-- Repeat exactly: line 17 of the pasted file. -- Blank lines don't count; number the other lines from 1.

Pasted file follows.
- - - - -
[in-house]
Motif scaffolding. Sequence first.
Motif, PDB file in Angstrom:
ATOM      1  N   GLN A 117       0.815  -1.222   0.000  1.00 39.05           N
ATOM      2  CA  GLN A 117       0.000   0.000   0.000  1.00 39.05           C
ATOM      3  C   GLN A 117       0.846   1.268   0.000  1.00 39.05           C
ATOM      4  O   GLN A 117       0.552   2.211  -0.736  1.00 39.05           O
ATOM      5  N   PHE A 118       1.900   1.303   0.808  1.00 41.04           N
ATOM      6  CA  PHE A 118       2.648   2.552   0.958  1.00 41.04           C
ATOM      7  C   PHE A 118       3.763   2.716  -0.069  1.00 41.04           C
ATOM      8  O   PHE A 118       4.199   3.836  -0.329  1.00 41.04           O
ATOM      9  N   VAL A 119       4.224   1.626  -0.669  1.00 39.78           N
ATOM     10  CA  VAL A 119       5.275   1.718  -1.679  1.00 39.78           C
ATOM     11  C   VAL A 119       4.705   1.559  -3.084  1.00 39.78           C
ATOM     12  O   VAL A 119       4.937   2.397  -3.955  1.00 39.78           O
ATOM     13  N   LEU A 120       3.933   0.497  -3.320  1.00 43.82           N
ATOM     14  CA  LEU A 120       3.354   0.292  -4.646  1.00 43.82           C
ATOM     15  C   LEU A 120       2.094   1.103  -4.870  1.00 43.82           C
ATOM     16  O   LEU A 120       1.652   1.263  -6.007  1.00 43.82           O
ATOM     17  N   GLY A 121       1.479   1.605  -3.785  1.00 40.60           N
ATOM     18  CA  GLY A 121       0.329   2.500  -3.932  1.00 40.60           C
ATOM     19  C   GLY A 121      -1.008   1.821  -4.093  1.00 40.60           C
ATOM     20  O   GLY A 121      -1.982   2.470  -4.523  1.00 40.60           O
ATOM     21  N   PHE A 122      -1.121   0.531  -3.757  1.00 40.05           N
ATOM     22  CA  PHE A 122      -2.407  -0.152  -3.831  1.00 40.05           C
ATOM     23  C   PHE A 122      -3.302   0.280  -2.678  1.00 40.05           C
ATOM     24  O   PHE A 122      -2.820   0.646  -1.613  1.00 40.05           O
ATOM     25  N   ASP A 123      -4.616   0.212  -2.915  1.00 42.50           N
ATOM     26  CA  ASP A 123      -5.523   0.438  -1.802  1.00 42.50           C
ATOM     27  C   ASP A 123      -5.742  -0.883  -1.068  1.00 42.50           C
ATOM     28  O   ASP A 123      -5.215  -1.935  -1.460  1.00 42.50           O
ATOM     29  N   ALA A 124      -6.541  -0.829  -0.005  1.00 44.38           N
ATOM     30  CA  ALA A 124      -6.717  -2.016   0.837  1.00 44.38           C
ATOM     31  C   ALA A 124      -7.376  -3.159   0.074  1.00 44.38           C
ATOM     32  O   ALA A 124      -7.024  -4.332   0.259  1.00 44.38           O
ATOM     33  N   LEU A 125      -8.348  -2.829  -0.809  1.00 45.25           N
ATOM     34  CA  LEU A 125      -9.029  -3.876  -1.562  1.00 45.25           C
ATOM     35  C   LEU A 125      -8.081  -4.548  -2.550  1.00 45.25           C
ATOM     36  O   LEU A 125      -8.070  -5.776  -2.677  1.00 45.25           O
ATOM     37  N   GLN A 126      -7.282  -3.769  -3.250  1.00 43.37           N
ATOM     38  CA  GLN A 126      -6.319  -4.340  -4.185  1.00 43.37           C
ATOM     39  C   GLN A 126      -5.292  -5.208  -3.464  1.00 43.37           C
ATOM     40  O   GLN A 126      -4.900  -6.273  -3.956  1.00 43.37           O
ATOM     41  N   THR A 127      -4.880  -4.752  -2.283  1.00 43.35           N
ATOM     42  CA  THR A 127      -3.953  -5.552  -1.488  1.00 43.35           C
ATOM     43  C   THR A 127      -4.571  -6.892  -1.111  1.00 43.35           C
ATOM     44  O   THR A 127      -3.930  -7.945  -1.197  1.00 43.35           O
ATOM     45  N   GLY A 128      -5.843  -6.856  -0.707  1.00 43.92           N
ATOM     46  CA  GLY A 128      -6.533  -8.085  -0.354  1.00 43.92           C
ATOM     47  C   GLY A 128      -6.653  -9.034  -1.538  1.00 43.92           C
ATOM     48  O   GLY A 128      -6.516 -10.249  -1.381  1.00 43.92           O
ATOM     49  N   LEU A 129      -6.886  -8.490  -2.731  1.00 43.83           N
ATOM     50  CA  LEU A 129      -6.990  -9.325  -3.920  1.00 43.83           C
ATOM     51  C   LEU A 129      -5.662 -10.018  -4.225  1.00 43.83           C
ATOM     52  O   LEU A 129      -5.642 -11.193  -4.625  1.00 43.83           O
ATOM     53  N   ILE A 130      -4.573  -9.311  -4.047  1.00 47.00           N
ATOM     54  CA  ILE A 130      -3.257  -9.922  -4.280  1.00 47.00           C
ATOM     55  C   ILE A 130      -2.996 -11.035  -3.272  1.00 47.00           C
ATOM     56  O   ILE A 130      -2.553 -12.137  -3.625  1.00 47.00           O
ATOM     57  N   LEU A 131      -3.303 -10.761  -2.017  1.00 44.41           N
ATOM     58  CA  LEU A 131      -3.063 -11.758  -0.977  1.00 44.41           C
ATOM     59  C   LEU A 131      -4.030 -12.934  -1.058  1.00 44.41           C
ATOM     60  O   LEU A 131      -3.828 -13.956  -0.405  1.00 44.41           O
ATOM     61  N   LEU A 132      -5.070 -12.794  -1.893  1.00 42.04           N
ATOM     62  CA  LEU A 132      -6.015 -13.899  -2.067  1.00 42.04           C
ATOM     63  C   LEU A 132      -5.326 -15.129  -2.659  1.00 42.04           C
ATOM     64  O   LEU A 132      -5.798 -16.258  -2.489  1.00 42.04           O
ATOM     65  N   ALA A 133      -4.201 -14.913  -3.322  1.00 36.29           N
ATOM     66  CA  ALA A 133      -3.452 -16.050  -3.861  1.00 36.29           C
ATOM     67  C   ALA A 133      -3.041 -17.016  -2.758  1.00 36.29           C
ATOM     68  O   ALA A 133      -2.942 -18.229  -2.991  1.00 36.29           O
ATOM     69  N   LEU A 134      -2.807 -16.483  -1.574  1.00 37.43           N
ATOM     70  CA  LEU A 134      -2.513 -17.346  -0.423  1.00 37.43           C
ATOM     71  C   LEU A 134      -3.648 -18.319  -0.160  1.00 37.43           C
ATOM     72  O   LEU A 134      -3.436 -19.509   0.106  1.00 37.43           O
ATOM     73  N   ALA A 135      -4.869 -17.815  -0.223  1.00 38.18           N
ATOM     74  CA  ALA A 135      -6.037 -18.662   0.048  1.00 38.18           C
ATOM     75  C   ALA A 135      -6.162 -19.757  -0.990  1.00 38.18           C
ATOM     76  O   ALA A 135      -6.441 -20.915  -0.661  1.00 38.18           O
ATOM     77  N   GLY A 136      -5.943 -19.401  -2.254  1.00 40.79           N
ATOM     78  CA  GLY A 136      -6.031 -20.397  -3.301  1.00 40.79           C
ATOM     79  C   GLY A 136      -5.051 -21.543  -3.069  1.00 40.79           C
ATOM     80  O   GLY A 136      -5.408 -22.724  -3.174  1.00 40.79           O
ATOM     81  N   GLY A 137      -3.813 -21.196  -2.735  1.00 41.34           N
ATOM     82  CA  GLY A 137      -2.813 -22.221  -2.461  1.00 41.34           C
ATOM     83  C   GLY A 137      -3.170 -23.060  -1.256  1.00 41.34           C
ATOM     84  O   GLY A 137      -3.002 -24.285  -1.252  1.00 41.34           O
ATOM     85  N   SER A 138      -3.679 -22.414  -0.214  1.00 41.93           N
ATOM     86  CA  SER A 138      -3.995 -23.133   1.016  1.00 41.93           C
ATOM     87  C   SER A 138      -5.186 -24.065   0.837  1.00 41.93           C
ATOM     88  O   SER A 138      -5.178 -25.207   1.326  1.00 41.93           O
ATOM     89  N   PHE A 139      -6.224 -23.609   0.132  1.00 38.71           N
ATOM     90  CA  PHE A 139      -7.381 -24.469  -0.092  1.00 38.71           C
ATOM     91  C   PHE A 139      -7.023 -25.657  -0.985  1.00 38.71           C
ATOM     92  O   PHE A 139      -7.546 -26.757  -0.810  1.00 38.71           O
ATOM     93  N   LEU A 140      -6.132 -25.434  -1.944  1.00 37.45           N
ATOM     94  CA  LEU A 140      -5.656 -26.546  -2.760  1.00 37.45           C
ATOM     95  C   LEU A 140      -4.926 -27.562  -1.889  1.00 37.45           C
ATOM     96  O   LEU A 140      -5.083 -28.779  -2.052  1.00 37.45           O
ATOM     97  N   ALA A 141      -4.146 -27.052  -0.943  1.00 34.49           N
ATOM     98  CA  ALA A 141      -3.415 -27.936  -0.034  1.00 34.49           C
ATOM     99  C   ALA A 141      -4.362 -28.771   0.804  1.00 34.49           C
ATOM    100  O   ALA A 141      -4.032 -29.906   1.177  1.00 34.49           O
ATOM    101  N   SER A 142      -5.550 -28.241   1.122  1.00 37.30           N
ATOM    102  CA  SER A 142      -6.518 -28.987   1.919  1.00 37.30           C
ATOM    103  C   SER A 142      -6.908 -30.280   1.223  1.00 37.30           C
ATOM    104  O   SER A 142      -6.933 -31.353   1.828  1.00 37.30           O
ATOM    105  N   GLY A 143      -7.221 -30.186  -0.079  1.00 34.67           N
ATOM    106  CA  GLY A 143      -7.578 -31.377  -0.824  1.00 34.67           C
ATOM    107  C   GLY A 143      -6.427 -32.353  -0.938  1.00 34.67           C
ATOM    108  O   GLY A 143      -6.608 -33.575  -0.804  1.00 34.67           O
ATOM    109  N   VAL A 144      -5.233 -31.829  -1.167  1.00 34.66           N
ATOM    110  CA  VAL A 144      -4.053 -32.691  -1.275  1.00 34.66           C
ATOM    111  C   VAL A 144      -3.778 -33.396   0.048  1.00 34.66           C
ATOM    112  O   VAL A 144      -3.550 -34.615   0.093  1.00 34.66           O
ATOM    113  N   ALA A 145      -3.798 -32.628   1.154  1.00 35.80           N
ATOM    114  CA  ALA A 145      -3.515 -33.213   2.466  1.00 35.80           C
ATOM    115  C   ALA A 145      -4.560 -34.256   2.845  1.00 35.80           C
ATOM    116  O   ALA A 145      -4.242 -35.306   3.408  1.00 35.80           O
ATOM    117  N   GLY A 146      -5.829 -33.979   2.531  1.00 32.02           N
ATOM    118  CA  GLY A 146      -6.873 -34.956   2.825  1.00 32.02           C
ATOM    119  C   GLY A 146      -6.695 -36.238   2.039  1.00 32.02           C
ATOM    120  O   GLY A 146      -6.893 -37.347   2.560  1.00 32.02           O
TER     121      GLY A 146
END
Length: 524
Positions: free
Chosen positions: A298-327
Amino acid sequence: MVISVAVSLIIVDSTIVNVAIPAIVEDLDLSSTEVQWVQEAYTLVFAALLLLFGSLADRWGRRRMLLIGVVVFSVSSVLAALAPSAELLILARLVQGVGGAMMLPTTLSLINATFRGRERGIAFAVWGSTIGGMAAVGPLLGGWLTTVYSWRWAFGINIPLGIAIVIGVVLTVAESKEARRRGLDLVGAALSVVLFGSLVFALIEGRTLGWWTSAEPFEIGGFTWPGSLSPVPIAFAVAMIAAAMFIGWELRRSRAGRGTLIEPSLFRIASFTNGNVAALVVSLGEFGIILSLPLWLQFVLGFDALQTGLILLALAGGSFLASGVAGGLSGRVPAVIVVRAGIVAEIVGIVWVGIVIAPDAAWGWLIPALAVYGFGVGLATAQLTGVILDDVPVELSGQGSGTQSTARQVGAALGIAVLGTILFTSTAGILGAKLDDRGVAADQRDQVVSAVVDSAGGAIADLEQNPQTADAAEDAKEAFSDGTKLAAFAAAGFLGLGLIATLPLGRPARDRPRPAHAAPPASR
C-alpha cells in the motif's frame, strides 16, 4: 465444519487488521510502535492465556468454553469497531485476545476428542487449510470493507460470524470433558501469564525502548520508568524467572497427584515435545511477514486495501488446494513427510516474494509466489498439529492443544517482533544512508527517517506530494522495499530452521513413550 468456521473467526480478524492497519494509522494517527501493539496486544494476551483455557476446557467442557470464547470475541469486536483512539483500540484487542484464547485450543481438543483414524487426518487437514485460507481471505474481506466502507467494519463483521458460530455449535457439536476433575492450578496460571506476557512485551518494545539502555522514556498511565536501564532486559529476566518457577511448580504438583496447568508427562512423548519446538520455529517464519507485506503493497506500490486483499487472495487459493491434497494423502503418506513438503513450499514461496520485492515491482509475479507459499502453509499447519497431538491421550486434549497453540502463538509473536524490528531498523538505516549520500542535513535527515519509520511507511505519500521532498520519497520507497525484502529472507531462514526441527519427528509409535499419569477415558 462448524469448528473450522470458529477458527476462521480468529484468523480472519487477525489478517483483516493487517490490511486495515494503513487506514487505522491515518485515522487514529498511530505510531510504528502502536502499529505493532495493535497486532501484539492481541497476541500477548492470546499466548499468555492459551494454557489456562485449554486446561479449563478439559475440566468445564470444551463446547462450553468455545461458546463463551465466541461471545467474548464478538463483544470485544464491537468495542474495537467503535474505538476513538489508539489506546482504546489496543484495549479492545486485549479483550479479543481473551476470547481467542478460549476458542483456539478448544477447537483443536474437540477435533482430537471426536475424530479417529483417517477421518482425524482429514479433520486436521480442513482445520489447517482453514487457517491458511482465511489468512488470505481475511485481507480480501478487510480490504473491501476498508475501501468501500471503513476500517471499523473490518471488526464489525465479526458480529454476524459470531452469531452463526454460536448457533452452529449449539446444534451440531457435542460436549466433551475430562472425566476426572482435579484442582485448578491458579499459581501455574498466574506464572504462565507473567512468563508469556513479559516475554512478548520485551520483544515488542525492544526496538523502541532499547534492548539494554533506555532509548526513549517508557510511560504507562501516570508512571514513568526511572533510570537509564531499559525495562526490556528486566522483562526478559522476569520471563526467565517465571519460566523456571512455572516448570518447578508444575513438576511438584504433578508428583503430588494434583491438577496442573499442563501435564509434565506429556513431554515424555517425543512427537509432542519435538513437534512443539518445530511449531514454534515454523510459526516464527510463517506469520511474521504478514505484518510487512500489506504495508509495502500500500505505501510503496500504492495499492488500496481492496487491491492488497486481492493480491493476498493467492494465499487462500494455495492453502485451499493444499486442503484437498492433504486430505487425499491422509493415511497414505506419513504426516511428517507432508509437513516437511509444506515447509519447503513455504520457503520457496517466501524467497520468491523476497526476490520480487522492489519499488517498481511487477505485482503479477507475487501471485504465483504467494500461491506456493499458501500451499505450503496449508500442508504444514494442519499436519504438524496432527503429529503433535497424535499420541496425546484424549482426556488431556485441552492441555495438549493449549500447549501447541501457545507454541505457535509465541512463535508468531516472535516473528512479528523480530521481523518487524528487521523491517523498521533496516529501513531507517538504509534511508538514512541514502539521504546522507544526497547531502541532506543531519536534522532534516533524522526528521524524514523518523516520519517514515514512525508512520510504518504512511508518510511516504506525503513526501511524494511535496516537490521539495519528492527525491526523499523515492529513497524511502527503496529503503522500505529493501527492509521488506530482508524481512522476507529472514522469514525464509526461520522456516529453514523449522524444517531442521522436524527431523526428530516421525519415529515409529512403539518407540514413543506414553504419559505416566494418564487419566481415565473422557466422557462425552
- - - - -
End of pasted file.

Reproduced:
ATOM     14  CA  LEU A 120       3.354   0.292  -4.646  1.00 43.82           C